“Good poetry reaches beyond biography to touch a reader or to talk about greater things,” she says, and then proceeds to give us poems that do just that. (You’ll even find one by yours truly in her treasury).

If you’ve ever felt the nudge to learn more about poetry, or are just looking for a good book to feed your soul, may I recommend The Joy of Poetry? I love it so much I’m giving away one copy. All you need do is leave a comment on this post to be entered for a chance to win an autographed copy sent directly to you from the author herself. If you post about this giveaway on social media, make sure to mention this in your comment and you’ll get one extra entry for each outlet on which you share.

Afternoon Run: a poem

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I saw the wind blow
a thousand petals
from a tree; beauty,
wrenched and scattered,
like velvety kisses
tossed from on high,
stolen to give away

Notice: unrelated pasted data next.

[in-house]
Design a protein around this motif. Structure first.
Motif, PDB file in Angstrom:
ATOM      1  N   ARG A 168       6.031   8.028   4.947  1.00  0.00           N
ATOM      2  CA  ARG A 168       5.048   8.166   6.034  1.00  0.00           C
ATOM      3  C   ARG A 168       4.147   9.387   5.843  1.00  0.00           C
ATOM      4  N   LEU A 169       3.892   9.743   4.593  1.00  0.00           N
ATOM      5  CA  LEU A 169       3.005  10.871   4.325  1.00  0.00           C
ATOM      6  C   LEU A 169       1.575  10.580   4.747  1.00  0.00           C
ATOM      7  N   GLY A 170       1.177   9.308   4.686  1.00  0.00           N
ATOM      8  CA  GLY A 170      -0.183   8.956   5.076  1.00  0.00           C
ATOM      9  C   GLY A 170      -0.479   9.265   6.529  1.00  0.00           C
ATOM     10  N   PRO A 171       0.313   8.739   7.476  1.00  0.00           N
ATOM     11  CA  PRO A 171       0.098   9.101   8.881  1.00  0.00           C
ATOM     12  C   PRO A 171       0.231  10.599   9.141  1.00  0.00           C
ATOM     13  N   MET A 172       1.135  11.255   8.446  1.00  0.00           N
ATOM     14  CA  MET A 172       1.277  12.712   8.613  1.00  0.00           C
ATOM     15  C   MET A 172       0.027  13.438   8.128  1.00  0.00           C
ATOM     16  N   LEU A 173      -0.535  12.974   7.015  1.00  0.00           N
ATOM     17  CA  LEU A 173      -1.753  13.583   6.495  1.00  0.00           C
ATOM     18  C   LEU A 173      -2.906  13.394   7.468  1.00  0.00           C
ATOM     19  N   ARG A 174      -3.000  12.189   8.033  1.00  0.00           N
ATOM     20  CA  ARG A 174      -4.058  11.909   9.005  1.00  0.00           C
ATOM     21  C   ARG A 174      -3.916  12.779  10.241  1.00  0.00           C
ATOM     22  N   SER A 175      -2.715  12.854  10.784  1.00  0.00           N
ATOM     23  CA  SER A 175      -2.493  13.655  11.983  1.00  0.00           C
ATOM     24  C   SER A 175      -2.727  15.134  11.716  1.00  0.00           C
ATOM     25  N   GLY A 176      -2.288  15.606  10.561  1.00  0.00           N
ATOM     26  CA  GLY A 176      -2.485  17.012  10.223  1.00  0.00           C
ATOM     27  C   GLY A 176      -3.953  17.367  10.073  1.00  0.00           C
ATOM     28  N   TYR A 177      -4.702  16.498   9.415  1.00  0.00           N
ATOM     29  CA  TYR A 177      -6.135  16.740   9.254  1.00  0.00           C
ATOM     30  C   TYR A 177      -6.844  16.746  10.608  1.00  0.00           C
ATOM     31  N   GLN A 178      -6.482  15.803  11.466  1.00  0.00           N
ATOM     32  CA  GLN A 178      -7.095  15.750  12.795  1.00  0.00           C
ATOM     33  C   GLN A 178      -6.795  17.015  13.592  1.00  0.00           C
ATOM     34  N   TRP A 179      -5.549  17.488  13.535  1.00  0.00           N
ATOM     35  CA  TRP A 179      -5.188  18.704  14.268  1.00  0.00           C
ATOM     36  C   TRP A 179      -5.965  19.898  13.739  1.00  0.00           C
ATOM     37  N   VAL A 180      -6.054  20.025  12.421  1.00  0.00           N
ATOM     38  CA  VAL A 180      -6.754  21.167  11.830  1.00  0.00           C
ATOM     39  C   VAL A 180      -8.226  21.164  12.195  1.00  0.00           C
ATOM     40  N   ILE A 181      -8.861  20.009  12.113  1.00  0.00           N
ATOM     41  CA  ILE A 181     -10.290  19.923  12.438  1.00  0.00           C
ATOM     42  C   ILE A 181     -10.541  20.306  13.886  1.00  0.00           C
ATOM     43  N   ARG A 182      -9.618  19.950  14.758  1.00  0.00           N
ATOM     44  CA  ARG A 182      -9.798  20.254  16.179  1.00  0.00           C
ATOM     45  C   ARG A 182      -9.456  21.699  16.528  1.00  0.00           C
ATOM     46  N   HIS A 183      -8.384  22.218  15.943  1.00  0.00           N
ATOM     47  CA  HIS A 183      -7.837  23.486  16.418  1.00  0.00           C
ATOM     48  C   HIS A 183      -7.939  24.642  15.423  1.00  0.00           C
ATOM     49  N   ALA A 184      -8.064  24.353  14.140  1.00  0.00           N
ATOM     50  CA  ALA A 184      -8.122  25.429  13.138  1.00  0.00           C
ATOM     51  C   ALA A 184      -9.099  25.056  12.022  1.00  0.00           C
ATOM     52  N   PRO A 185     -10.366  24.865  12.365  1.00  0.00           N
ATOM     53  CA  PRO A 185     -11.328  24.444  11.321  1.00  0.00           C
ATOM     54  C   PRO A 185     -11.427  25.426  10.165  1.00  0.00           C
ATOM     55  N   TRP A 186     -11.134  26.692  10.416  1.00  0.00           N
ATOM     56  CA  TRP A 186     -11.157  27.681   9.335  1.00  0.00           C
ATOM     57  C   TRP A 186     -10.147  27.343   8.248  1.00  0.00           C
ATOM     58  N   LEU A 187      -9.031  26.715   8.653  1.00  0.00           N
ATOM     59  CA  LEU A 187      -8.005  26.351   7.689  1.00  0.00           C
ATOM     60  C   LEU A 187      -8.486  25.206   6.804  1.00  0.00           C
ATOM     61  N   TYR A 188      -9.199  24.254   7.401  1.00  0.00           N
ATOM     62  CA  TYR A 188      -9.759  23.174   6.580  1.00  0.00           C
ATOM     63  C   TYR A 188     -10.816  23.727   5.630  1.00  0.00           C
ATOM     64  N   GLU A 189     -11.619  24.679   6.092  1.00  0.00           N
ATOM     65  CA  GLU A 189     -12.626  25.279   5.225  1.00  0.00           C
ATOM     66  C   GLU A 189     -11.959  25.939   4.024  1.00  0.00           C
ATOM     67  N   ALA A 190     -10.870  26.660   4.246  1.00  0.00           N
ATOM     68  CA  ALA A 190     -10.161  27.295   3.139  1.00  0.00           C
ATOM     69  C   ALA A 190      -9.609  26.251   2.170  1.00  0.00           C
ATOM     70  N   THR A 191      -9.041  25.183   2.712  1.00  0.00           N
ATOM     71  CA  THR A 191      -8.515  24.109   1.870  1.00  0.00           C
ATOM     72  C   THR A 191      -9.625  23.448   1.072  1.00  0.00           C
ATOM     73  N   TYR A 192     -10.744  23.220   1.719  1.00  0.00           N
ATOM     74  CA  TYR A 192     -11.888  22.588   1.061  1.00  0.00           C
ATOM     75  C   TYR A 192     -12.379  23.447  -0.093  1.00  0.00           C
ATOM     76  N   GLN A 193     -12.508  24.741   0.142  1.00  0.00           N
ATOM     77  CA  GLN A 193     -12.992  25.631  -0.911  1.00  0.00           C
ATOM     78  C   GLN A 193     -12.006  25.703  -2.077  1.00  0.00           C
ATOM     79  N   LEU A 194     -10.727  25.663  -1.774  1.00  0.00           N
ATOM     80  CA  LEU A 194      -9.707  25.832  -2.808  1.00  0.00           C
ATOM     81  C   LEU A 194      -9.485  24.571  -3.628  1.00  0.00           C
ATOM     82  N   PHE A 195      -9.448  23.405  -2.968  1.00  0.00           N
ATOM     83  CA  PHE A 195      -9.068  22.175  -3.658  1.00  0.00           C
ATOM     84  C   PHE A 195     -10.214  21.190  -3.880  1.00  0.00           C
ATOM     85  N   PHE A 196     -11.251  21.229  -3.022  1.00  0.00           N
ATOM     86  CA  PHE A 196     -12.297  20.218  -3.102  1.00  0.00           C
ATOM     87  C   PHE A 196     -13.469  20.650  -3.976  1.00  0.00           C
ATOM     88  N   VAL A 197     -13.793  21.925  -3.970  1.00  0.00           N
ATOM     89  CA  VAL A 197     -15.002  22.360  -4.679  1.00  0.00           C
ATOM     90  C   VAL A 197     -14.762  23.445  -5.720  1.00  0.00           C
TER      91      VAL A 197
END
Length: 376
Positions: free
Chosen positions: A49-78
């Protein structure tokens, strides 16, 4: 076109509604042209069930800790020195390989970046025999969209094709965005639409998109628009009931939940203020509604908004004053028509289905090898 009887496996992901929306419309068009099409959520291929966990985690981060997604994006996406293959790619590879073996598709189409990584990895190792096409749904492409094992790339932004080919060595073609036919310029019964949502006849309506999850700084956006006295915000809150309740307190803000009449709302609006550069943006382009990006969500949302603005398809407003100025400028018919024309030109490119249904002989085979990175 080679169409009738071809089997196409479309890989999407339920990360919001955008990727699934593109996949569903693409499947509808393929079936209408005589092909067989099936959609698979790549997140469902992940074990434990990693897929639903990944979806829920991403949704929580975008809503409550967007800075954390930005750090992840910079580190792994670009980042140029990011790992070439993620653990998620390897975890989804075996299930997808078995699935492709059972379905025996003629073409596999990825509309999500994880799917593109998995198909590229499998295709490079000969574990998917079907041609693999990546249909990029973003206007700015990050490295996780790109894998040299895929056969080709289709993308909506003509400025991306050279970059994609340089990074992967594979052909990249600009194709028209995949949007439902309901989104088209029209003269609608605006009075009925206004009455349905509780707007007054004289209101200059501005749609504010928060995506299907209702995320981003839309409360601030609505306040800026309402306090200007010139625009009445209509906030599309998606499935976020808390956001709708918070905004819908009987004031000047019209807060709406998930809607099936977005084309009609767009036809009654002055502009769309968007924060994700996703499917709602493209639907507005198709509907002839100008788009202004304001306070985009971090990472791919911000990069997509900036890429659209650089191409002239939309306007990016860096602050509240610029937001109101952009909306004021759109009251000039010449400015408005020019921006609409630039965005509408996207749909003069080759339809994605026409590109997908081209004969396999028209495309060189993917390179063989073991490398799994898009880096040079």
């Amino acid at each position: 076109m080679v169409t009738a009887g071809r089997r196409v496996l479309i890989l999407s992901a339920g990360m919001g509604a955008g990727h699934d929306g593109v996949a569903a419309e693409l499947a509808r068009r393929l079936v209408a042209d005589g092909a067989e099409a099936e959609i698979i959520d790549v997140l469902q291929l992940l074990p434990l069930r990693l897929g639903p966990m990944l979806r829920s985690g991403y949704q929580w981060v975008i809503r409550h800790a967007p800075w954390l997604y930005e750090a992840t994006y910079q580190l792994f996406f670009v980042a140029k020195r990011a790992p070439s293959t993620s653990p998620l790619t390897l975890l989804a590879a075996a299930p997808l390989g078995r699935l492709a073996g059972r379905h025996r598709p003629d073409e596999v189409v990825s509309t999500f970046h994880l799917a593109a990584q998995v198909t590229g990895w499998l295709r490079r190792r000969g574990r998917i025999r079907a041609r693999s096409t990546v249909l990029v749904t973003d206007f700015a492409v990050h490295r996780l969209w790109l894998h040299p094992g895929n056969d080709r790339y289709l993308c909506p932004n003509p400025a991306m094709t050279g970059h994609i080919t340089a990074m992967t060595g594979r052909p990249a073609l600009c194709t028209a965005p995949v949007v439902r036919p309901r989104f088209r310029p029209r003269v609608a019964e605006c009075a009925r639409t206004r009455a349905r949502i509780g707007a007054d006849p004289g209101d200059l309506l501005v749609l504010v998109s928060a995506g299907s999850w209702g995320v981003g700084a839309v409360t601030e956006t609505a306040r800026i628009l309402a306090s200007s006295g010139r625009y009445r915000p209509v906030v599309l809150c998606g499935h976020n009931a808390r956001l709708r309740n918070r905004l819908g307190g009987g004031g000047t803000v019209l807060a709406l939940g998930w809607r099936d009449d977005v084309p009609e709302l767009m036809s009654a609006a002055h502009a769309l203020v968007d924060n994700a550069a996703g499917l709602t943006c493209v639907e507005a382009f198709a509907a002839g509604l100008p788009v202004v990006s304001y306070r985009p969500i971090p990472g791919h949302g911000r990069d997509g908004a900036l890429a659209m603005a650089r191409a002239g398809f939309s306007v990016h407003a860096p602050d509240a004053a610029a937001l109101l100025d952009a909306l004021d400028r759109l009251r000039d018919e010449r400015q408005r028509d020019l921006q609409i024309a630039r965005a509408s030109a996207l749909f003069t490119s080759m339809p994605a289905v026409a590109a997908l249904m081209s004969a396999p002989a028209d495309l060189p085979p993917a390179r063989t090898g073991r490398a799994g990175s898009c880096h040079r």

each branchy finger
released its grip,
bending with the wind
and reaching with
uncurled hands for
what the thief had stolen
before returning to
standing tall

IMG_8262Don’t forget to leave a comment on this post for a chance to win some great books!

 

Black Crow (For Jeffrey on His Seventeenth Birthday)

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“You’ll never be sixteen
again,” I said, words misting
like white doves in the air.

I don’t remember
what the weather was like
on the day you were born.
this morning, it snows—
tiny, frail flakes, drifting

I drive away, you still
sleeping

it’s hard to know when
a boy becomes a man,
switching out smooth stones
in his pocket for car keys.
you used to leave the kitchen
table smelling of syrup and
milk; now you enter the day
clean-shaven, all soap
and mint

what do you remember
of the days gone? Do you
recall when a maple seed
held all the world in its
wingspan? when a pine
cone was the grandest prize?
a flat of frozen creek, hoisted
your victory dance? the
trophies you seek now
I can’t hold in my hand.

one black crow in the parking
lot when I arrive. he pushes down
on the air with wings longer
than his body, languid in his
escape.

“where will you go?”
I ask with my white-bird
words.

Image by Dennis. Sourced via Flickr.